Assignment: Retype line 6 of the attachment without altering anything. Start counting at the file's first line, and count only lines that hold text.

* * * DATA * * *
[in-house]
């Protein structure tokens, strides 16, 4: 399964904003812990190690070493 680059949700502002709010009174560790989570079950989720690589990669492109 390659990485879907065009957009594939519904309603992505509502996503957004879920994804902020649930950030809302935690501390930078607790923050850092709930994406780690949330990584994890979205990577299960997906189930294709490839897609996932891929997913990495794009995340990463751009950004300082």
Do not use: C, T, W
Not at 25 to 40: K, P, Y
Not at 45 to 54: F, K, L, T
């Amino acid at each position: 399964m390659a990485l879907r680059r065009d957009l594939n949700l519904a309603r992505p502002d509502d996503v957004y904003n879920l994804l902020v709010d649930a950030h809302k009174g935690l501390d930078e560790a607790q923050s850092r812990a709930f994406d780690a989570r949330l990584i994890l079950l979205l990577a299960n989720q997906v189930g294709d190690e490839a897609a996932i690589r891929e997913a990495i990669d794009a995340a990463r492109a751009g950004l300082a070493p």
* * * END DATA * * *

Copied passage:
């Amino acid at each position: 399964m390659a990485l879907r680059r065009d957009l594939n949700l519904a309603r992505p502002d509502d996503v957004y904003n879920l994804l902020v709010d649930a950030h809302k009174g935690l501390d930078e560790a607790q923050s850092r812990a709930f994406d780690a989570r949330l990584i994890l079950l979205l990577a299960n989720q997906v189930g294709d190690e490839a897609a996932i690589r891929e997913a990495i990669d794009a995340a990463r492109a751009g950004l300082a070493p």